- Sep 2, 2021
Ivey welcomes 12 new faculty members to campus! To help you get to know our new colleagues, we asked each of them a list of questions about their academic – and personal – interests.
Get to know: Daniel Andrews
While studying abroad in Germany, Costa Rica, China, and Austria, as well as visiting 15 other countries, Daniel Andrews found a deep interest in international business. That’s why it’s fitting that he’s a new Assistant Professor of International Business at Ivey. Andrews will be teaching Global Strategy in the HBA program and Internationalization in the MSc program. He has both a PhD and an MBA from Florida International University and a Bachelor of Business Administration degree from The University of Toledo. His professional experience includes business incubation of high-technology startups, and he has also worked in the non-profit sector. He was involved in several early-stage ventures that later partnered with Fortune 100 companies and founders that appeared on the Forbes 30 Under 30 list.
Q&A with Daniel Andrews
What is the most important thing business executives can learn from your research/area of expertise?
My research falls mainly under two broad umbrellas: subsidiary management and collaborative strategy. While I study specific aspects within each, such as decision-making autonomy and knowledge sharing, I argue that the biggest takeaway of my research relates to my focusing on configurations or the broader complexity of phenomena. For instance, managers may allocate more autonomy to subsidiaries in distant (dissimilar) host countries. Still, such decisions will also depend on other relevant environmental conditions, relationships with headquarters, and linkages with external stakeholders. In this way, my research often aims to highlight and make sense of the complexity of devising firm strategy and structure.
Where did you grow up and what was it like there?
I spent most of my childhood in Lima, Ohio, which is about four hours from London, Ont. Lima is your stereotypical rust belt town – a tight-knit blue-collar community, large families, and a long history with manufacturing. Despite its population hovering around only 40,000, Lima is home to an oil refinery, Procter & Gamble, Ford, DANA, Joint Systems Manufacturing Center (military tank manufacturing), and countless others, as well as a globally recognized automotive engineering school. Lima has a small-town feel, but with a (relatively big) global importance.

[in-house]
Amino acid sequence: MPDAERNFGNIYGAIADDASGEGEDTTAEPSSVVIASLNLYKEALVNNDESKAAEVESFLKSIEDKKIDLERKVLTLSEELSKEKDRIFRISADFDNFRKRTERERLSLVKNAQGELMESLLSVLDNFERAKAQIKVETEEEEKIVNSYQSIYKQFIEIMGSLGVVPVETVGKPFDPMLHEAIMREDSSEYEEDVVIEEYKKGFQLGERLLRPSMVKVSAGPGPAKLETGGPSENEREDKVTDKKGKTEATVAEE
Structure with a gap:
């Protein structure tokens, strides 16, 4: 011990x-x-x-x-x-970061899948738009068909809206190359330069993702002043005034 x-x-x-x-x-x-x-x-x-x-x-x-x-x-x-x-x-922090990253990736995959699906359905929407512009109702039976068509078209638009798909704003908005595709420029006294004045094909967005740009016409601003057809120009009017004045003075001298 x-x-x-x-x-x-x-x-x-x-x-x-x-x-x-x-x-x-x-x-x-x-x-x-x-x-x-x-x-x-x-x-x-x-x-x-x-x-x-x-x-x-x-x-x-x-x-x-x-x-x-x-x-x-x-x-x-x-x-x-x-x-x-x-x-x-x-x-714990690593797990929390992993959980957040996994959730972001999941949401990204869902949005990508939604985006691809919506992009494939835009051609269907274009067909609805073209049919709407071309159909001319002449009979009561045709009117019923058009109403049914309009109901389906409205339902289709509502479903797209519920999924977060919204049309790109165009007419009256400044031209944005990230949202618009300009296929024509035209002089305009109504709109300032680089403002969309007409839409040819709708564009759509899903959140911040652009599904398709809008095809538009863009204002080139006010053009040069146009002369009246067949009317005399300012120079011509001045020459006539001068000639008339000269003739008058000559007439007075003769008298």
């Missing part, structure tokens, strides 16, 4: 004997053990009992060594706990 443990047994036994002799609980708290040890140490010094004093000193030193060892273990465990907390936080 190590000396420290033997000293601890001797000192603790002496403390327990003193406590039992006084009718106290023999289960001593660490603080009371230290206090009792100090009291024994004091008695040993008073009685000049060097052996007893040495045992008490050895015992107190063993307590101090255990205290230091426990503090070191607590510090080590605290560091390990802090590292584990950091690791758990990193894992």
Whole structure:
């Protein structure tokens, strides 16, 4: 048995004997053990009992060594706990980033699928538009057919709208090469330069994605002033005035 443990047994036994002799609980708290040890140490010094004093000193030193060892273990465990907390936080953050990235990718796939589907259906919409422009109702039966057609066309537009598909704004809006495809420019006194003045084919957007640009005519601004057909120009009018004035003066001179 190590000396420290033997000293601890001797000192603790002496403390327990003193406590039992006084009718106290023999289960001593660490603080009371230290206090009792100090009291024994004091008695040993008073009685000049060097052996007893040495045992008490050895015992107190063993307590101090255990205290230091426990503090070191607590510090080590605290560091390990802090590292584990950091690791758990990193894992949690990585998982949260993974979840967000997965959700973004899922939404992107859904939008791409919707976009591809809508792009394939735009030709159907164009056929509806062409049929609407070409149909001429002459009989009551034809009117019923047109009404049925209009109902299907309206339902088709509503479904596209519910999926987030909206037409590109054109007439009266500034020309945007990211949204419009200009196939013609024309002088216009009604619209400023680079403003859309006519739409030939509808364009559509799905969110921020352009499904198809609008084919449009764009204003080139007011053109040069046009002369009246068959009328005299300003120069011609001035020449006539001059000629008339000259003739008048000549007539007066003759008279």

Who have been your strongest influences in life?
Expectedly, my partner, Jaclyn, and my family have had quite an influence on my life. They enable my curiosity and are the support system behind many life decisions, such as accepting a job at Ivey without ever having visited the campus or London! I must also say that my advisor but, more frankly, a great friend, Stav Fainshmidt, a professor at Florida International University, has played a central role in my professional and personal growth. His commitment to my success is humbling in the truest of sense. I am not sure I would be where I am today without him.
What led you to your career?
I would assume that most people do not grow up dreaming about becoming a professor; instead, it is a chain of events that lead you down the career path. That was the case for me. I have always been interested in problem-solving and understanding how things work. I remember one vivid moment when I was studying abroad during high school: I saw a Ford car in Germany that I never knew existed despite there being a manufacturing plant in my hometown. I then went on to study international business during my undergrad to better understand how such companies operate across borders and, admittedly, with the hopes to be in a career that awards me with frequent travel. After studying abroad two more times, I realized I wanted to study international businesses and people more deeply but could not within the scope of a private-sector job. Fortunately, in my senior year of undergrad, I had a professor who recently completed his PhD at Florida International University who introduced me to the world of research and connected me to my future colleagues in Florida, thus paving my way into academia. The rest is history.
What do you like to do when you’re not working?
I have two Australian Shepherd dogs that take up a lot of my free time, which is one of the reasons I was attracted to London because of its big park system. I am also an avid beer enthusiast, to the extent that I even write papers on the industry. Among other things, I play quite a bit of soccer, attend many live music events, and am exhaustively searching for the best cup of coffee.
What is the most played song on your playlist as of now?
I listen to an eclectic mix of music, but my base interests are rooted in the many variants of house and techno out of Chicago, Detroit, and New York. One of my favourite things to do is browse the internet for original samples and listen to recorded sets from across the globe. Some of the best music in the world touches all corners of the world (a great display of globalization!); for example, a French disco artist plays a classic Brazilian song remastered by an upcoming Greek producer while in an open-air venue in the United Kingdom.
What book would you recommend to others? On the personal side?
On a personal side, I believe that everyone should read (and watch) the work by Anthony Bourdain, such as A Cook’s Tour and World Travel. I also really like the work by Nicholas Kristof and Sheryl WuDunn (A Path Appears) and a book called The Arm by Jeff Passan.
On the business side?
From a business side of things, although they could arguably be a personal read as well, I would suggest Gad Saad’s The Parasitic Mind, Daniel Kahneman's Thinking Fast and Slow, Anand Giridharadas’s Winner Takes All, and Why Nations Fail by Daron Acemoglu and James Robinson.